Patient-Oriented Evidence That Matters
Watch-and-Wait Strategy Is an Option for Primary Spontaneous Pneumothorax
Am Fam Physician. 2020 Nov 15;102(9):online.
Is conservative management effective for the treatment of uncomplicated primary spontaneous pneumothorax?
Conservative observation of patients presenting with a first primary spontaneous pneumothorax is as effective as immediate chest tube insertion in achieving full lung re-expansion at eight weeks. Conservative therapy leads to fewer complications and fewer days in the hospital. (Level of Evidence = 1b−)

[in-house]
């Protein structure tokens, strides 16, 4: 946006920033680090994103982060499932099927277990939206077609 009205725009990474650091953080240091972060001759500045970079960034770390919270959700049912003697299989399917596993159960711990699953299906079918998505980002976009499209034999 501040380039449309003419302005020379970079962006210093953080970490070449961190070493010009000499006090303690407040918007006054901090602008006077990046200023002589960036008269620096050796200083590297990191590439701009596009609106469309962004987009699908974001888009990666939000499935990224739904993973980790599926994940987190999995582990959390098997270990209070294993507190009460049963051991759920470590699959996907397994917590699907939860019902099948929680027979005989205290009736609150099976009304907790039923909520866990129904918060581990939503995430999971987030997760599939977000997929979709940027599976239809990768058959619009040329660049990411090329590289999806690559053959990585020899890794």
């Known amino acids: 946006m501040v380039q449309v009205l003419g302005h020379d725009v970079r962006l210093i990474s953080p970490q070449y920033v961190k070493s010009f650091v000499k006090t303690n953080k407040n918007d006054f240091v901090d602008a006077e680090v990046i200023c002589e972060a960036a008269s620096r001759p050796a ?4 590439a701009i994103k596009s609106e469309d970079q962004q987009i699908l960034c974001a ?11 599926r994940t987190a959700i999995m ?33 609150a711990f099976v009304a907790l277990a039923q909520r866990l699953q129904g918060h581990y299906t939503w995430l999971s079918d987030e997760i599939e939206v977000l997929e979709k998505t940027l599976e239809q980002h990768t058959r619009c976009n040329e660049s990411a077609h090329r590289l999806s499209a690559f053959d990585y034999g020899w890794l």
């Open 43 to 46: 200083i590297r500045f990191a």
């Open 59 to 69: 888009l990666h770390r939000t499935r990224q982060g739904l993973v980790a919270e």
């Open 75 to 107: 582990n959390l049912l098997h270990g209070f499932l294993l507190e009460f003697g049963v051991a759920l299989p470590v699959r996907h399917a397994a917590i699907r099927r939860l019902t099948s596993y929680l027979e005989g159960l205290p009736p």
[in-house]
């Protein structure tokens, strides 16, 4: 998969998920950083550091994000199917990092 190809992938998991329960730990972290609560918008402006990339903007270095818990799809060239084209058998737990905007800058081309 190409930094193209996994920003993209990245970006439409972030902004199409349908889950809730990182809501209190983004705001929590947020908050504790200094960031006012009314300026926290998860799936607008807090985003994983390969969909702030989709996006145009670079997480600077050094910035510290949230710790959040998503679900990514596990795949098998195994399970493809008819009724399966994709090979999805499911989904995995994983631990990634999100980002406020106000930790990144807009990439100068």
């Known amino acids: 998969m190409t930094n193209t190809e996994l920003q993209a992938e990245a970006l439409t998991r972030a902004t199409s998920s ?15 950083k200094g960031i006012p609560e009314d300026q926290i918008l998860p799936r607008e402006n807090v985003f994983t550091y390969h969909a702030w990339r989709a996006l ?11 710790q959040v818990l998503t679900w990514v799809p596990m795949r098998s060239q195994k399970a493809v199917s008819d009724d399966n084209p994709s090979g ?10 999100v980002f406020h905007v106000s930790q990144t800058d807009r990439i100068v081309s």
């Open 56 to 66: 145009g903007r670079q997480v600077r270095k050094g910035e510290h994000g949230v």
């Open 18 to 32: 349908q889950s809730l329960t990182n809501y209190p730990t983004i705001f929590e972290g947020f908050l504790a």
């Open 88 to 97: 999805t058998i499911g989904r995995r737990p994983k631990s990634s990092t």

Patients who presented to the emergency departments of 39 hospitals in Australia and New Zealand with a unilateral, moderate to large, primary spontaneous pneumothorax were randomized to receive immediate inter vention (n = 154) or conservative observation (n = 162). In the intervention group, patients had a chest tube inserted (water seal for one hour, then clamped for four hours) and were monitored for re-expansion of the lung using chest radiography. If the lung re-expanded and the pneumothorax did not recur, then the chest tube was removed, and the patient was discharged. If the lung did not re-expand or the pneumothorax recurred, the patient was admitted to the hospital. In the conservative group, patients were observed for four hours. Patients whose symptoms were controlled, were walking comfortably, were hemodynamically stable without the need for supplemental oxygen, and had a stable pneumothorax on repeat chest radiography were discharged. Those who required further intervention were managed at the discretion of the treating physician. The mean age in the two groups was 26 years, and 86.1% of the patients were men. There were fewer current smokers in the conservative group (42.5% vs. 49.3%). At eight weeks, 98.5% of the intervention group and 94.4% of the conservative group had complete radiographic resolution of the pneumothorax, satisfying the prespecified noninferiority criteria of −9 percentage points (risk difference = −4.1 percentage points; 95% CI, −8.6 to 0.5; P = .02). Radiologists were less likely than
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